- One of the most beautiful, famous, and important Speed Sixes
- Immensely impressive, sinister original Corsica coachwork
- Formerly owned by Hugh Young, Barry Cooney, and Gordon Apker
- Very well known in vintage Bentley circles
THE SPEED SIX: IN SEARCH OF POWER
Created at the urging of foremost “Bentley Boy” and Bentley Motors chairman Woolf Barnato, the Speed Six was the racing derivative of the massive and potent 6½-Litre. It could be argued that, in its mechanical specifications, the Speed Six was very similar to and derivative of the 6½-Litre, but that is as fallacious as claiming that the 250 GTO is the same as a 250 GT Pininfarina coupe. The new model boasted from such a host of upgrades, including twin SU carburetors on a new square-section intake manifold. Its performance was above and beyond its sibling by incredible measure. In racing tune, 200 horsepower was possible, and period reports indicated a top speed of 120 mph, comparable to the mighty Duesenberg.
Speed Sixes blasted all over Europe, so dominating Le Mans at 1929 that, at one point, they were so far ahead of the field that they were instructed to reduce to touring speed for the last few hours (and won anyway). After a dominating season they returned to Le Mans in 1930, repeating the same feat down to the “slow finish,” and marking Bentley’s fourth consecutive victory at the world’s greatest endurance race.
As was true for other competition cars of the period, the Speed Six was not used strictly for racing. Chassis configured very similarly to the Le Mans cars were released to private owners and fitted with remarkable custom coachwork, few more remarkable than that offered here.
GH 208: THE JOURNEYS OF A SINGULAR SPEED SIX
This Speed Six, chassis number HM2861, was delivered to original owner J.W. Bealey of Little Minthurst Farm, Charlwood, Sussex, in September 1930, via Jack Barclay of London. As a very late Speed Six, it was constructed with all of the Le Mans-bred updates, including a stronger camshaft, 25-quart oil sump, and “C” type gearbox. Bentley Motors build records, copies of which are on file, detail the original specifications, including noting the original coachbuilder as Corsica Coachworks, also of London.
Corsica’s spectacular body for the car ranks among the most memorable creations of a shop known for the audacious and impressive. Taking full advantage of the 152-inch chassis, they built a car that appears to be all engine, with a hoodline and cycle-style fenders extending almost half the length of the automobile, ending at a five-passenger Sportsman’s Saloon body with a low roofline, split windscreen, and truncated tail. Aside from Woolf Barnato’s famous streamlined coupe, no other “Speed Six” packed as much visual impact as the Bealey car.
The late Hugh Young, a longstanding and highly respected member and officer of the Bentley Drivers Club, acquired the machine in Wool, Dorset, in 1958, by which time it had gained its current engine, LR2782, from another Speed Six. Mr. Young recalled that his wife “Ursula and I brought the Speed Six to Canada in the summer of 1959, in the hold of the Pinemore cargo ship in which we also traveled . . . . We then drove it – unrestored! – from Montreal to Winnipeg via the U.S. That was a real adventure!”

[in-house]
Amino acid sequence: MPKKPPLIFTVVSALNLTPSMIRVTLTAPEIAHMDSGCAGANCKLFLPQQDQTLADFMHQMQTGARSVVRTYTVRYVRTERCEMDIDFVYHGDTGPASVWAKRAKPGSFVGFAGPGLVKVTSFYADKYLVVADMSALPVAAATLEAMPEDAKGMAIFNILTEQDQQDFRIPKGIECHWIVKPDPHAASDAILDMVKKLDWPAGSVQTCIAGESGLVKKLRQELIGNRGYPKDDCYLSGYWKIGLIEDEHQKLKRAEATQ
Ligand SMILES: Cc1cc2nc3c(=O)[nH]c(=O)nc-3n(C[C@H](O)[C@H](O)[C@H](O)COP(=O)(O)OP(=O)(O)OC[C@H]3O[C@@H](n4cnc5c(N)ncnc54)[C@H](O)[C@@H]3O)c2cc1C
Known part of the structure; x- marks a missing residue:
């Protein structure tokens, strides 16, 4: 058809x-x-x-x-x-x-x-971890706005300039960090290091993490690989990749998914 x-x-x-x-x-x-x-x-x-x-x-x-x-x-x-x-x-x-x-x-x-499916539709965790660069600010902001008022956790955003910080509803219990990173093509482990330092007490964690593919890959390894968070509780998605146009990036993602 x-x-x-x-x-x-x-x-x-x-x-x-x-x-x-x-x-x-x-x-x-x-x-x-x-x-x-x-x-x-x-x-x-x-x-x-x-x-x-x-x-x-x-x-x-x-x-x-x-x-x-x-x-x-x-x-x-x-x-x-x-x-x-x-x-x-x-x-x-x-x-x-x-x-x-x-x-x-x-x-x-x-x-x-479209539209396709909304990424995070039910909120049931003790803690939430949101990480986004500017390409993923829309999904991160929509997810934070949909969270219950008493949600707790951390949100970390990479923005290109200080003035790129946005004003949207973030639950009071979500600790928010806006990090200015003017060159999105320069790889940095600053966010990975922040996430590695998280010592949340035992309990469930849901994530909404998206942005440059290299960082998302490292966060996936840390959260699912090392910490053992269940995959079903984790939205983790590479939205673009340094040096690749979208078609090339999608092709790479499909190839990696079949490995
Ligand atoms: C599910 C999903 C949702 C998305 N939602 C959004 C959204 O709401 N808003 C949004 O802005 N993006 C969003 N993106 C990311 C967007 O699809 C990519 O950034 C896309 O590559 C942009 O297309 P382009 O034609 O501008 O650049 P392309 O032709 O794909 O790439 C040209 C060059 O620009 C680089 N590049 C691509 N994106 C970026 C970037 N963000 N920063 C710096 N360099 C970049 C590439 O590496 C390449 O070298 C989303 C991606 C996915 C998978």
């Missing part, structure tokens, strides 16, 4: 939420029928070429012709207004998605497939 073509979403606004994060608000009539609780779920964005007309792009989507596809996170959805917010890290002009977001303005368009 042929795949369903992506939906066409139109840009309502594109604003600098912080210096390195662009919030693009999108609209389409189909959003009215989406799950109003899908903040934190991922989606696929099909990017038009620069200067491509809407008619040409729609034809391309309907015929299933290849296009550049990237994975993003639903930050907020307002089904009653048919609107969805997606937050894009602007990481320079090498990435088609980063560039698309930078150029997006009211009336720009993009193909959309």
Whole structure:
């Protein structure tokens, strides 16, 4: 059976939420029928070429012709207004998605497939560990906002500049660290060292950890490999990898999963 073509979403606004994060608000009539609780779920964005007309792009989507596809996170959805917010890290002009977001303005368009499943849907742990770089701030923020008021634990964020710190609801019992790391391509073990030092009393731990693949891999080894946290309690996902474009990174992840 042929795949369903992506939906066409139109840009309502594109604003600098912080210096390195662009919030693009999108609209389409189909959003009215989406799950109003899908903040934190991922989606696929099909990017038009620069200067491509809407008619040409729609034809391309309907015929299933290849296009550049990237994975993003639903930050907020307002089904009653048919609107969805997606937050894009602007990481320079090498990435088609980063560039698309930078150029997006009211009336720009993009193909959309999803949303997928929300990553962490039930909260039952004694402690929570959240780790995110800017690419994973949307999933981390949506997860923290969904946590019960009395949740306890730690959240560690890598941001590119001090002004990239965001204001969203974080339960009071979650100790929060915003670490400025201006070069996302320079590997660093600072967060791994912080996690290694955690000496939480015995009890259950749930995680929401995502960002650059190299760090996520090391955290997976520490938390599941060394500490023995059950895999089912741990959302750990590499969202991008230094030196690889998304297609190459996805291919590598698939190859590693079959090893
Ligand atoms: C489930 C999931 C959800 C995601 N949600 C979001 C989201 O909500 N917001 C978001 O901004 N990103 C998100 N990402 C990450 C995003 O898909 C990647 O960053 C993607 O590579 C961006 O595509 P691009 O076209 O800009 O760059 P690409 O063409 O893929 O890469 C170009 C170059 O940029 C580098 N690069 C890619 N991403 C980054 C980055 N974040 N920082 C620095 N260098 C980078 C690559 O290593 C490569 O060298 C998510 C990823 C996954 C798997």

After many years of driving enjoyment with the Speed Six, Mr. Young sold the car in 1976 to Barry Cooney, a well-known enthusiast from Oregon who has owned several vintage Bentleys and Rolls-Royces over the decades. In a recent conversation, Mr. Cooney noted that he took the newly acquired car to the well-known Bentley specialists Hoffman and Mountford and had them perform a full mechanical service before the car was shipped to the United States.
Upon its arrival stateside, the new owner began using his Bentley exhaustively, including driving it on two occasions from his home in Portland to the Pebble Beach Concours, where it was displayed – fresh off the road – in 1981 and 1982. On at least one of those journeys, Mr. Cooney’s friend, the Rolls-Royce and Bentley historian, Diane Brandon, recalls a late-night drive through the mountains with the lights on, something that even the hardiest enthusiasts might not undertake today. On another occasion, the car was driven all the way to Victoria, British Columbia, for a Rolls-Royce Owners Club meet.
In 1984, Mr. Cooney sold his well-traveled Bentley to the late, great collector, Gordon Apker, with whom it remained for the next two decades. During that time it was again returned to Pebble Beach, in 1985, memorably sharing the ramp with the famous “Blue Train” Bentley. It was then acquired for the collection of its current owner, in which it has been maintained since. Further restoration work was performed in the late 1990s, in which the car was refinished in its current livery, inside and out, and fitted with disc-style wheel covers, as it retains today.
Among the rarefied ranks of Speed Six Bentleys, in which every one is special and unique, none packs the sheer emotional punch of the car enthusiasts known as, simply, “GH 208.” Its dark visage stops even the most jaded enthusiasts in its tracks, turns heads even among a Pebble Beach field, and simply and purely is considered one of the most beautiful closed W.O. Bentleys ever constructed. On other cars such statements would be cliché, but on the Corsica Sportsman’s Saloon, they are simply grand reality.